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Purple Bordered Leaf Spot

Purple-bordered leaf spot.
Purple-bordered leaf spot.

Barrett Gruber*, Courtney E. Jahn*, Glen Stanosz and Brian Hudelson, UW-Madison Plant Pathology *Completed as partial fulfillment of the requirements for the graduate course: “Plant Pathology 559: Diseases of Economic Crops.”
Revised:  8/13/2012
Item number:  XHT1149

What is purple-bordered leaf spot?
Purple-bordered leaf spot (also called eye spot or Phyllosticta leaf spot) is a common, but primarily cosmetic disease that affects maples (in particular Amur, Japanese, red, silver and sugar maple).  Phyllosticta leaf spot is similar in many ways to other foliar diseases of maple such as anthracnose (see University of Wisconsin Garden Facts XHT1001) and tar spot (see University of Wisconsin Garden Facts XHT1126).

What does purple-bordered leaf spot look like?
Purple-bordered leaf spot leads to the formation of roughly circular dead areas (typically less than ¼ inch in diameter) on maple leaves.  Spots have tan to brown centers and distinct purple, red, or brown margins.  Tiny, black, pimple-like reproductive structures (called pycnidia) often form within the spots, and are diagnostic.  As spots mature, the centers may fall out, leaving roughly circular holes.

Where does purple-bordered leaf spot come from?
Purple-bordered leaf spot is caused by the fungus Phyllosticta minima which overwinters in leaf litter.  In the spring, rain and wind move spores of the fungus from the leaf litter to newly developing maple leaves, where infections occur.  Spores produced on infected leaves can lead to additional infections within the tree canopy throughout the growing season.

How do I save a tree with purple-bordered leaf spot?
DON’T PANIC.  Although purple-bordered leaf spot may look unsightly, the disease is usually only a cosmetic problem, rarely causing significant damage to mature and vigorously-growing trees.  Occasionally, the disease may defoliate trees early in the growing season, but these trees are typically able to produce new leaves within a few weeks.  Defoliated trees should be watered (about one inch of water per week), and properly fertilized (based on a soil nutrient test).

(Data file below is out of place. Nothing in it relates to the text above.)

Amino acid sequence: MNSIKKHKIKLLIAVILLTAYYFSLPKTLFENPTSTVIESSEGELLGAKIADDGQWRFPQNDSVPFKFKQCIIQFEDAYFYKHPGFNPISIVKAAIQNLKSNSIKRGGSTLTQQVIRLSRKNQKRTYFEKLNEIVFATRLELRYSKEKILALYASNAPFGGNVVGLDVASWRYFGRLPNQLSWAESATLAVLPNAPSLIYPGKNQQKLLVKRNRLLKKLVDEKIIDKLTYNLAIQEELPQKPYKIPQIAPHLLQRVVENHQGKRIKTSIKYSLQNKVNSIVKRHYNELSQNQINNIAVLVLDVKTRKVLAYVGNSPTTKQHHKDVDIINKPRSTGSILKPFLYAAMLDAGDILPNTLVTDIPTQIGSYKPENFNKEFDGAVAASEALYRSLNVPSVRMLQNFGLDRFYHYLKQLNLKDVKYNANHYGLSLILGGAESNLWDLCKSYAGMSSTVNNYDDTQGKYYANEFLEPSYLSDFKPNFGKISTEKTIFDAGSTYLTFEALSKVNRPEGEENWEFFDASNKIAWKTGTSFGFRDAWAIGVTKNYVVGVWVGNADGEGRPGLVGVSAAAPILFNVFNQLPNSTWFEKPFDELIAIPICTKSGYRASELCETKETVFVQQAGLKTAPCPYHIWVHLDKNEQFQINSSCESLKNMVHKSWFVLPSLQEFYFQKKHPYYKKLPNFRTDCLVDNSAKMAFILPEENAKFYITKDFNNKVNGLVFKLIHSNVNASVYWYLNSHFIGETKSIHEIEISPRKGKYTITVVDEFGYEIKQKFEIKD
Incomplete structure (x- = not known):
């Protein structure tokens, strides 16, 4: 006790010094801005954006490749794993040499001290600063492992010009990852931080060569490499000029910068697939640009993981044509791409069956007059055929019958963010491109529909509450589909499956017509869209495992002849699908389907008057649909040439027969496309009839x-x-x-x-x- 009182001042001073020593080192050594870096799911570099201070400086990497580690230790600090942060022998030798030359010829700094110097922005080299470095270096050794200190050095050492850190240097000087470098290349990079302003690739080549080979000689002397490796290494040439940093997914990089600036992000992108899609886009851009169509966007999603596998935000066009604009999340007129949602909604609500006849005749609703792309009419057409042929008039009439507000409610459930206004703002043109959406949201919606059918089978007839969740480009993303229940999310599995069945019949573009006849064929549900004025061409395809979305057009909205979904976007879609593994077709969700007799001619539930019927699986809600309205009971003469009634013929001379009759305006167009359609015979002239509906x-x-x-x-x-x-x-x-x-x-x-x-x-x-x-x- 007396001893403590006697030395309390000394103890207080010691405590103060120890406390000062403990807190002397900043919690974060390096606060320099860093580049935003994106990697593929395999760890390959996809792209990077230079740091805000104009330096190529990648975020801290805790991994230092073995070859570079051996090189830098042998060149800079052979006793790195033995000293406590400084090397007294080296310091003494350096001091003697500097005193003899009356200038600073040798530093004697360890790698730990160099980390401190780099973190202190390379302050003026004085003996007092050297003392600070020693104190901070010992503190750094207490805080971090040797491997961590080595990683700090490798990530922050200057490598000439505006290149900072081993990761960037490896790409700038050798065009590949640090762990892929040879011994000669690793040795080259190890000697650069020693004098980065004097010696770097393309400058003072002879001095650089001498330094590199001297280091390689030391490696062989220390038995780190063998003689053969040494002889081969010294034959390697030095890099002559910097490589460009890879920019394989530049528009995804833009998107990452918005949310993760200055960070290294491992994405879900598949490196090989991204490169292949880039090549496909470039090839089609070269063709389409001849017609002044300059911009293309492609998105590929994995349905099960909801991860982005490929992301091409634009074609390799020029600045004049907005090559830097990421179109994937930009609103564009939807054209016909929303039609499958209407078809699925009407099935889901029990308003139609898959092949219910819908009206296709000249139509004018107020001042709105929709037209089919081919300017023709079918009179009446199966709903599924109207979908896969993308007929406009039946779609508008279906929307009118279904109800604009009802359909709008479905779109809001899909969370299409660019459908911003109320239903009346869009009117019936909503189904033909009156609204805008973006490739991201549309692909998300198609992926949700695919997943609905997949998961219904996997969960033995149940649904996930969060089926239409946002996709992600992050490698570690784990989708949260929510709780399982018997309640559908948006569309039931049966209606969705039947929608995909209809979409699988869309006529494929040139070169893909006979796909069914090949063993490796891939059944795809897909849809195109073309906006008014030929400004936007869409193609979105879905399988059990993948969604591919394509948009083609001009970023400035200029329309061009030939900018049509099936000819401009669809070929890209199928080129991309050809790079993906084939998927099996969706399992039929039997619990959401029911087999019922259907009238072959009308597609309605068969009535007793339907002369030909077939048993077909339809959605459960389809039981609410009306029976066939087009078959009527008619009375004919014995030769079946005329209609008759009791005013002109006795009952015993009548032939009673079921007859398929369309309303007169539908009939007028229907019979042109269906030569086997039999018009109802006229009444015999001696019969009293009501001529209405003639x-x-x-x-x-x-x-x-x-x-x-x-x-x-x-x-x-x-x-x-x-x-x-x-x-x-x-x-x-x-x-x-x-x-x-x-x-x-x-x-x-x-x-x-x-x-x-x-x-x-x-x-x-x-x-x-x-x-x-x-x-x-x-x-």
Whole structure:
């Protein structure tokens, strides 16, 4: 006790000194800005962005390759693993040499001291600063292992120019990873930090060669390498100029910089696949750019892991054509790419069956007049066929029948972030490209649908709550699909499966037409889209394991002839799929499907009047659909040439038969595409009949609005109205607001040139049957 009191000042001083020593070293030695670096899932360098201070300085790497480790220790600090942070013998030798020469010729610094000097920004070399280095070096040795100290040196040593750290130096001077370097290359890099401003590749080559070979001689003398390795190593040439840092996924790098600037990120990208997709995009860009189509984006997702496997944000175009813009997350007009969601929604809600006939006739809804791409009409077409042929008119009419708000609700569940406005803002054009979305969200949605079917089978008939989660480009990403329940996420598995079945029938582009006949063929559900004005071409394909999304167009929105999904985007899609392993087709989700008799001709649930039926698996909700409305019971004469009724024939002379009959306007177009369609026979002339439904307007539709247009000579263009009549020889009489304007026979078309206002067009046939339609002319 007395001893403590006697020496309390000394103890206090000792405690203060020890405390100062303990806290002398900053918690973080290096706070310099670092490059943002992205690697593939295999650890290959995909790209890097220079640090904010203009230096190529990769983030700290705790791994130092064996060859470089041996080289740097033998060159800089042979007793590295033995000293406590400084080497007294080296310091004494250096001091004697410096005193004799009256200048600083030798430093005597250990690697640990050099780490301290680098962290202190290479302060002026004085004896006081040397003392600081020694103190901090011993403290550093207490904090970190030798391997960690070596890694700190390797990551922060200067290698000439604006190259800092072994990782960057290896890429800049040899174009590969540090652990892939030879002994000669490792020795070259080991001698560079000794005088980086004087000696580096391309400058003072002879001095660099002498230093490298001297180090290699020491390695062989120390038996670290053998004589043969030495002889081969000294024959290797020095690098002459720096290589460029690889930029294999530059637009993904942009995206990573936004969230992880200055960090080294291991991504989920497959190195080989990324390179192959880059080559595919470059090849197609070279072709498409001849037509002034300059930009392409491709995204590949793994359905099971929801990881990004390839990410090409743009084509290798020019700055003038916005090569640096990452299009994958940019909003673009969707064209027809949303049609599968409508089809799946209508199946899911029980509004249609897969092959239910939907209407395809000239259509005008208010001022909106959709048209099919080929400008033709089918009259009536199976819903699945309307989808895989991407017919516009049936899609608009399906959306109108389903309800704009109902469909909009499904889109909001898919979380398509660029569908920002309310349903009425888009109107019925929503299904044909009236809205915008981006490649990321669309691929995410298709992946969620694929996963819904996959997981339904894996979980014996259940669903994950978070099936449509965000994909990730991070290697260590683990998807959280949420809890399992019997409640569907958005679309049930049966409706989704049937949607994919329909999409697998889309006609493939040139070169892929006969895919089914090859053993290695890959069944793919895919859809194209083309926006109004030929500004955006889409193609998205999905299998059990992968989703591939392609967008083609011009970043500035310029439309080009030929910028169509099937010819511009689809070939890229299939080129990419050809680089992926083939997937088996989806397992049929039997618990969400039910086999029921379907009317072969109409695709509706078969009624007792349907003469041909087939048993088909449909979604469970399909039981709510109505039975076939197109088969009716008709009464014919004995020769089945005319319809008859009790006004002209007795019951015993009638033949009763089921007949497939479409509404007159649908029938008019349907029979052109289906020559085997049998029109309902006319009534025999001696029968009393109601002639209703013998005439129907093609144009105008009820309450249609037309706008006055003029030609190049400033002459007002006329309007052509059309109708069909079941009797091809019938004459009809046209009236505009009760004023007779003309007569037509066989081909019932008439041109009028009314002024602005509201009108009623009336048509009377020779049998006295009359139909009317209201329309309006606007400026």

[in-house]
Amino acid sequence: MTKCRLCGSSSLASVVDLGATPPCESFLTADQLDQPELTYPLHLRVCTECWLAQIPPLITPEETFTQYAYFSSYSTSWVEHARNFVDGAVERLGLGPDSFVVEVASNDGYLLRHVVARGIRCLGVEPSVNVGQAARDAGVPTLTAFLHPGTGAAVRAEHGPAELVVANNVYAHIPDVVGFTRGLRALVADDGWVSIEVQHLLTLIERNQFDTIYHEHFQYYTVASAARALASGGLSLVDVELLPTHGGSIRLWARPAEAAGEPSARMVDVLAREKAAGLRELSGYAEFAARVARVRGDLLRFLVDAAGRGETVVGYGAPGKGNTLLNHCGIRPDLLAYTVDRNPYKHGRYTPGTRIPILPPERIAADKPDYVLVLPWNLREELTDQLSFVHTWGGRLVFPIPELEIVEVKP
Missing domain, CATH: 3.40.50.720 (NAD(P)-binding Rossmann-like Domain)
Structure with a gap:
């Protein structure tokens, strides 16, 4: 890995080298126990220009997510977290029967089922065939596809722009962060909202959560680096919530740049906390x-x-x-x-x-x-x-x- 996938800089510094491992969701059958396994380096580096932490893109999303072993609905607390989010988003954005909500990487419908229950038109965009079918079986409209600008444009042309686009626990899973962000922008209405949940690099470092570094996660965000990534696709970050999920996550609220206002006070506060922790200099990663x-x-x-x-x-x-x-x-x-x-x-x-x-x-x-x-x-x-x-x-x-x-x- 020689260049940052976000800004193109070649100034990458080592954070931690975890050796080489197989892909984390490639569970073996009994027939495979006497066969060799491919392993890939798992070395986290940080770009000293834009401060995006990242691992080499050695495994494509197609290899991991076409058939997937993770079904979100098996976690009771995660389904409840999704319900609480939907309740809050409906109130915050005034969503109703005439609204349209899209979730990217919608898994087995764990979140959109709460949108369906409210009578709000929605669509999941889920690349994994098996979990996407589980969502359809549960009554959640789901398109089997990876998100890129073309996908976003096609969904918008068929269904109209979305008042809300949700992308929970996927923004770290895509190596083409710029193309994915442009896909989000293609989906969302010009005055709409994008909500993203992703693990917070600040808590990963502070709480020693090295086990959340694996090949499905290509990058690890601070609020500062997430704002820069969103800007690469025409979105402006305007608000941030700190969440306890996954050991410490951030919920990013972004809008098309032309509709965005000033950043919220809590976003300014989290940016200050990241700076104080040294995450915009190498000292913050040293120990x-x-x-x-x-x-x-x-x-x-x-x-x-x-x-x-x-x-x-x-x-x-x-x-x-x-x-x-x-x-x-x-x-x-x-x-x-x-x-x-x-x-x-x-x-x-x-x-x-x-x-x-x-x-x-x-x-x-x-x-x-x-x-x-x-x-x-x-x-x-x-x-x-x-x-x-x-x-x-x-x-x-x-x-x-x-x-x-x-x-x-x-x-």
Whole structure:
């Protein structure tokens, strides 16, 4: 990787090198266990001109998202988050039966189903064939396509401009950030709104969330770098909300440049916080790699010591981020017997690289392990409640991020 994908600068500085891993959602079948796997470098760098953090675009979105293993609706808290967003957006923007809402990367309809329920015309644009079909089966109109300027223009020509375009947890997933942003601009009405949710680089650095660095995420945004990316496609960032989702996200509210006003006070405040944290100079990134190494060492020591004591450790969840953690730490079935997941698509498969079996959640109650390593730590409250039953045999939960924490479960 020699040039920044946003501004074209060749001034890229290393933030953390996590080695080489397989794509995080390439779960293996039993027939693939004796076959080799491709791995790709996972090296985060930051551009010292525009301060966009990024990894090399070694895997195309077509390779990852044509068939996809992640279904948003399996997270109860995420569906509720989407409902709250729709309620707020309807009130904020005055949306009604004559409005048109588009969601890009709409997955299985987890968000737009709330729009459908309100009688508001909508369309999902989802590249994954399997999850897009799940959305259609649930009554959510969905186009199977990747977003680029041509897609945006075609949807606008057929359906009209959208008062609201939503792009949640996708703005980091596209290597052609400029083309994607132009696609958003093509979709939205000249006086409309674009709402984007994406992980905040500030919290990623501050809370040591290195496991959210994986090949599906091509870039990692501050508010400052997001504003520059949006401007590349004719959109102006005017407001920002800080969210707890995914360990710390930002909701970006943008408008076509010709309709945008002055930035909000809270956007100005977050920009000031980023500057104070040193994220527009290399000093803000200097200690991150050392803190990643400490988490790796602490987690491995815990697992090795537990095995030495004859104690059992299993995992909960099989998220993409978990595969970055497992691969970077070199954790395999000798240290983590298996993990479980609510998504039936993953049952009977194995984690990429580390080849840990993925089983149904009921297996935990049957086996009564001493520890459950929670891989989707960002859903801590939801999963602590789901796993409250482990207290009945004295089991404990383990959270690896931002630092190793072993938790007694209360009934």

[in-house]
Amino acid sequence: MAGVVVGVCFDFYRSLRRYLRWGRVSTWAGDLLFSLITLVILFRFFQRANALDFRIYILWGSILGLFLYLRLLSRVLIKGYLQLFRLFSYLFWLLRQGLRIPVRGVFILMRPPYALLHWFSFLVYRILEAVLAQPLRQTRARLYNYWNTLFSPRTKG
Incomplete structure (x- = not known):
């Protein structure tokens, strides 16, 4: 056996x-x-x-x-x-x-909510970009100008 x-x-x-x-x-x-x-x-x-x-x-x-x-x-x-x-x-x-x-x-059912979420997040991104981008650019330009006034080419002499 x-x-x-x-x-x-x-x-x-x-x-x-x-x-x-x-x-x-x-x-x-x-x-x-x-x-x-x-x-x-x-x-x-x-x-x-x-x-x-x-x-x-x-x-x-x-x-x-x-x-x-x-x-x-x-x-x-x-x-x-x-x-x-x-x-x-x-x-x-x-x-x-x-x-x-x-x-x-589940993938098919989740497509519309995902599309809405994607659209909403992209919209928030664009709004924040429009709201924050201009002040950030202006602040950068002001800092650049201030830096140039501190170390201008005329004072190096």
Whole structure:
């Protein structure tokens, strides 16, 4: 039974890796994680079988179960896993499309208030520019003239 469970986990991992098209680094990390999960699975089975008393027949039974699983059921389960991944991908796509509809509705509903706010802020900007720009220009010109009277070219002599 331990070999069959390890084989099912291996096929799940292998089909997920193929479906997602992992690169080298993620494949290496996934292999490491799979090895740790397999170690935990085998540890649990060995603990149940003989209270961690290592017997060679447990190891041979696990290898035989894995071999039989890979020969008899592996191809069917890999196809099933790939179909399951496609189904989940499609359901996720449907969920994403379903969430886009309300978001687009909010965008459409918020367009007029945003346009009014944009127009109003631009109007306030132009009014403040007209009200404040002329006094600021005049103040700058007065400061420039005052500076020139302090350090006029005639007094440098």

How do I avoid problems with purple-bordered leaf spot in the future?
If available, select maple varieties that are resistant to purple-bordered leaf spot.  Compost, bury or burn leaf litter from infected trees in the fall, or in the spring before trees releaf.  Newly planted maples, and established maples that have been severely affected by purple-bordered leaf spot for several years, may benefit from treatments with a fungicide containing chlorothalonil, copper, mancozeb, neem oil, sulfur or thiophanate-methyl.  Three treatments may be needed for adequate control: one at bud break, one when leaves are half expanded, and one when leaves are fully expanded.  Be sure to read and follow all label instructions of the fungicide that you select to insure that you use the fungicide in the safest and most effective manner possible.

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